Log24

Thursday, March 8, 2018

L’Engle Time Fold

Filed under: General — m759 @ 10:04 PM

Search this journal for the three words of the title.

Thanking the Academy…

Filed under: General,Geometry — m759 @ 9:11 PM

Continues.

Sunday, September 3, 2017

Dead Poet

Filed under: General — Tags: , — m759 @ 6:48 PM

The time is from
a screenshot 
of my RSS feed.

"All in good time."

(See this morning's
  Mosaic Logic.)

Obit

Filed under: General — Tags: — m759 @ 11:35 AM

See also Steely Dan in this  journal.

Monday, November 3, 2014

Wisconsin Death Trip*

Filed under: General — Tags: — m759 @ 8:59 PM

Courtesy of Mira Sorvino.

Enter Madison :

From "Intruders," BBC America, Season 1, Episode 2, at 1:07 of 43:31.

"You sure know how to show a girl a good time."

* The title is a reference to a Wisconsin-related Halloween post.

Friday, October 31, 2014

For the Late Hans Schneider

Filed under: General — Tags: — m759 @ 3:30 AM

See a University of Wisconsin obituary for Schneider,
a leading expert on linear algebra who reportedly died
at 87 on Tuesday, October 28, 2014.

Some background on linear algebra and "magic" squares:
tonight's 3 AM (ET) post and a search in this
journal for Knight, Death, and the Devil.

Click image to enlarge.

Friday, November 30, 2012

Point

Filed under: General — Tags: — m759 @ 12:31 PM

"….mirando il punto  
a cui tutti li tempi son presenti"

— Dante, Paradiso , XVII, 17-18

 For instance

IMAGE- Three films from Christmas 1963 (IMDb): Captain Newman, MD; The Prize; Love with the Proper Stranger

Click image for higher quality.

Monday, July 11, 2011

The Witch of And/Or

Filed under: General — Tags: — m759 @ 12:00 PM

AND: Logical conjunction, symbolized as… 

OR:    Logical disjunction, symbolized as…  

AND/OR: Logical confusion, symbolized as…  IMAGE- AND and OR symbols combined as Lacanian AND/OR lozenge
according to a woman Lacanian analyst in this journal.

See also another female disciple of Lacan
writing as co-author with a philosophy professor
in Saturday's online New York Times 's "The Stone"—

"Let Be: An Answer to Hamlet’s Question."

Perhaps they thought the question was…

 

http://www.log24.com/log/pix11B/110711-ANDOR.jpg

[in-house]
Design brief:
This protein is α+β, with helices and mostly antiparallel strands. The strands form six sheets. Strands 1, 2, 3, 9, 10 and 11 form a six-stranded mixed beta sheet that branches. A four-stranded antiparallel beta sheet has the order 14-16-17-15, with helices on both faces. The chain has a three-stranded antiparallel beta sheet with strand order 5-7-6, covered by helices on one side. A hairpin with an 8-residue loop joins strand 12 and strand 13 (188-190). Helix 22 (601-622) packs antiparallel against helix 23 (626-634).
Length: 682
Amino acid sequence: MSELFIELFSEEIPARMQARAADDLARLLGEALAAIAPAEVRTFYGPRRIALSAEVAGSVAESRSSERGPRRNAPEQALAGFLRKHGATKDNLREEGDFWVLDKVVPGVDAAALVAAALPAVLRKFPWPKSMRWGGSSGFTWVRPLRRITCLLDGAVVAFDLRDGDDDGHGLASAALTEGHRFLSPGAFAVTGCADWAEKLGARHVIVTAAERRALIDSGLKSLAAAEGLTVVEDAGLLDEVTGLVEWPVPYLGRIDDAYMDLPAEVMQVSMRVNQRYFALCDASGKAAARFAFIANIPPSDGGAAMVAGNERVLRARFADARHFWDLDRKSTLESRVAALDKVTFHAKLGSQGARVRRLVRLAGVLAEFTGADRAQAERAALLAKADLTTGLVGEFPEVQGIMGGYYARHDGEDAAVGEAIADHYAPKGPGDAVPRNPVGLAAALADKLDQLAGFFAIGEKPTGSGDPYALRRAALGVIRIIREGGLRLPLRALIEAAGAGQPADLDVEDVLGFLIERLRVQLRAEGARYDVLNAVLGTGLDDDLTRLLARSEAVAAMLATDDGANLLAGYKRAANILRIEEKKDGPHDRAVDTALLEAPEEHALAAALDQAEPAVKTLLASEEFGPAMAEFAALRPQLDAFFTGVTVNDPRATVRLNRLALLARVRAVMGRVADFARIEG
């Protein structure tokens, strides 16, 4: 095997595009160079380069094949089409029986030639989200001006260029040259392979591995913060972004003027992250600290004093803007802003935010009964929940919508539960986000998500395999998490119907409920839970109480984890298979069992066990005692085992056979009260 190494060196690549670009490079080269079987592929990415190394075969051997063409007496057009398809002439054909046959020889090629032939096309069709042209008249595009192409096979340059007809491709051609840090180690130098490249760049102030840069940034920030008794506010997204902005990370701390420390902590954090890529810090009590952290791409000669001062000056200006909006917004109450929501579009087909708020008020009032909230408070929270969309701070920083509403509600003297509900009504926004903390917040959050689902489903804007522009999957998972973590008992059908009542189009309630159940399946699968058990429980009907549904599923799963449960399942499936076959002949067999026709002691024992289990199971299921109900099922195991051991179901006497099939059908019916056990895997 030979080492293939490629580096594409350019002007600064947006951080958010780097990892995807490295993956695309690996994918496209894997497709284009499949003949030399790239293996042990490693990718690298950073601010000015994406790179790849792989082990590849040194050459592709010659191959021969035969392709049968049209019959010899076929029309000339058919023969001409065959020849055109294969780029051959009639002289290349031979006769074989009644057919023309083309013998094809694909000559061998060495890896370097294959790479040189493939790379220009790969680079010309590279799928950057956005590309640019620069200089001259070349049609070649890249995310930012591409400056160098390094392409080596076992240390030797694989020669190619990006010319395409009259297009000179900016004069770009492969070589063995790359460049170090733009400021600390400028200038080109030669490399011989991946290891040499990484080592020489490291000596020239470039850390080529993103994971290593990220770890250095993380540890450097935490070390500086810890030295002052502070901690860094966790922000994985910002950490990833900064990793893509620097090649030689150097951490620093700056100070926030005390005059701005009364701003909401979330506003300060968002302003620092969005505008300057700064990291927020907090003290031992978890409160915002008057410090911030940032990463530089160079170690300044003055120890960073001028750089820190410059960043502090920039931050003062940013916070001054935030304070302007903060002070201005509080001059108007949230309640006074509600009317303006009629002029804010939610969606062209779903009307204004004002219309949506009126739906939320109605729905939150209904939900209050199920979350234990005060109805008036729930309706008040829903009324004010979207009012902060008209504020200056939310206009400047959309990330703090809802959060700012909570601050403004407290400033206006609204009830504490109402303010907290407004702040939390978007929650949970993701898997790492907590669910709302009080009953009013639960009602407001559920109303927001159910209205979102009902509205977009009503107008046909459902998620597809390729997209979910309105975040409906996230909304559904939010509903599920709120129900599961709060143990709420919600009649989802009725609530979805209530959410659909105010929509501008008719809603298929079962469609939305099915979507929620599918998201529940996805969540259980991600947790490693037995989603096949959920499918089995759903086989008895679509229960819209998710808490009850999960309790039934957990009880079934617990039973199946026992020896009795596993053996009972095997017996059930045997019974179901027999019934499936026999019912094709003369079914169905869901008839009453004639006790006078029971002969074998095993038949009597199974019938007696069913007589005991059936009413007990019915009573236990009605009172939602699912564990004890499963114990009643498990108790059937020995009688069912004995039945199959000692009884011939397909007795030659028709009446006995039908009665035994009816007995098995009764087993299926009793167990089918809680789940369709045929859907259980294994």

http://www.log24.com/log/pix11B/110711-Wikipedia_Portrait_of_Simon_Critchley.jpg

Wikipedia portrait of New School
philosopher Simon Critchley

"To be and/or not to be?"

For a more philosophically respectable approach to
the same shape, see Sunday morning's Wittgenstein's Diamond.

"We're gonna need more holy water." —Hollywood saying

Dark Lady

Filed under: General — Tags: — m759 @ 5:01 AM

http://www.log24.com/log/pix11B/110711-5AM-NYT-Inside.jpg

From an obituary of choreographer Roland Petit, who died on Sunday, July 10, 2011—

"Ballerina roles had for more than a century been largely made on pale romantically suffering virgins or royal princesses; Petit’s women were liberated and exciting, modern and tangibly real— and yet archaic femmes fatales . Probably his most popular ballet worldwide is Le jeune homme et la mort , in which a young bloke lazing around in his room is visited by an enigmatic, seductive female— at the end of which brief encounter he hangs himself.

The young man’s role was seized upon by the great ballet stars of the next decades, Rudolf Nureyev and Mikhail Baryshnikov notable among them. As with Carmen, the role of La Mort, the death goddess, has been sought out by a pantheon of great ballerinas, in Paris, Russia and the US as well as in Europe." —Ismene Brown at theartsdesk.com

From the philosophy column "The Stone" in Saturday's online New York Times

July 9, 2011, 4:45 PM: "Let Be: An Answer to Hamlet’s Question"—

"Jamieson Webster is a psychoanalyst in private practice
in New York. She is the author of
'The Life and Death of Psychoanalysis'
forthcoming from Karnac Books.
"

Related ART WARS material:

  1. An illustrated essay by Webster posted on March 7, 2009 at The Symptom 10 weblog
  2. An illustrated essay by Cullinane posted on March 7,  2009 at the Log24 weblog
  3. Time and Eternity
  4. Lovely, Dark and Deep

Monday, March 7, 2011

Punto

Filed under: General,Geometry — Tags: — m759 @ 9:00 AM

"Time it goes so fast
When you're having fun"

— "Another Manic Monday"

"….mirando il punto 
a cui tutti li tempi son presenti"

– Dante, Paradiso , XVII, 17-18

See mirando  in this journal.
       See also Time Fold.

Monday, December 20, 2010

Contenders

Filed under: General — Tags: , — m759 @ 7:27 PM

http://www.log24.com/log/pix10B/101220-CroweHook2.jpg
Happy birthday to noir queen Audrey Totter. She starred in "The Set-Up," a 1949 fight film.

http://www.log24.com/log/pix10B/101220-Set-Up72minSm.jpg

   "You sure know how to show a girl a good time."
    — Renée Zellweger in "New in Town" (2009)

Sunday, July 11, 2010

Philosophers’ Keystone

Filed under: General — Tags: , — m759 @ 2:02 AM

(Background— Yesterday's Quarter to Three,
A Manifold Showing, Class of 64, and Child's Play.)

Image-- Notes on Lowry's arrival in Mexico on the ship 'Pennsylvania'

Image-- PA Lottery Saturday, July 10, 2010-- Midday 017, Evening 673

Hermeneutics

Fans of Gregory Chaitin and Harry Potter
may consult Writings for Yom Kippur
for the meaning of yesterday's evening 673.

(See also Lowry and Cabbala.)

Fans of Elizabeth Taylor, Ava Gardner,
and the Dark Lady may consult Prime Suspect
for the meaning of yesterday's midday 17.

For some more serious background, see Dante—

"….mirando il punto 
a cui tutti li tempi son presenti
"

– Dante, Paradiso, XVII, 17-18

The symbol    is used throughout the entire book
in place of such phrases as ‘Q.E.D.’  or
‘This completes the proof of the theorem’
to signal the end of a proof.”

Measure Theory, by Paul R. Halmos, Van Nostrand, 1950      

           
Halmos died on the date of Yom Kippur —  
October 2, 2006.            

Saturday, July 10, 2010

Class of 64

Filed under: General,Geometry — Tags: — m759 @ 12:00 PM

Samuel Beckett on Dante and Joyce:

"Another point of comparison is the preoccupation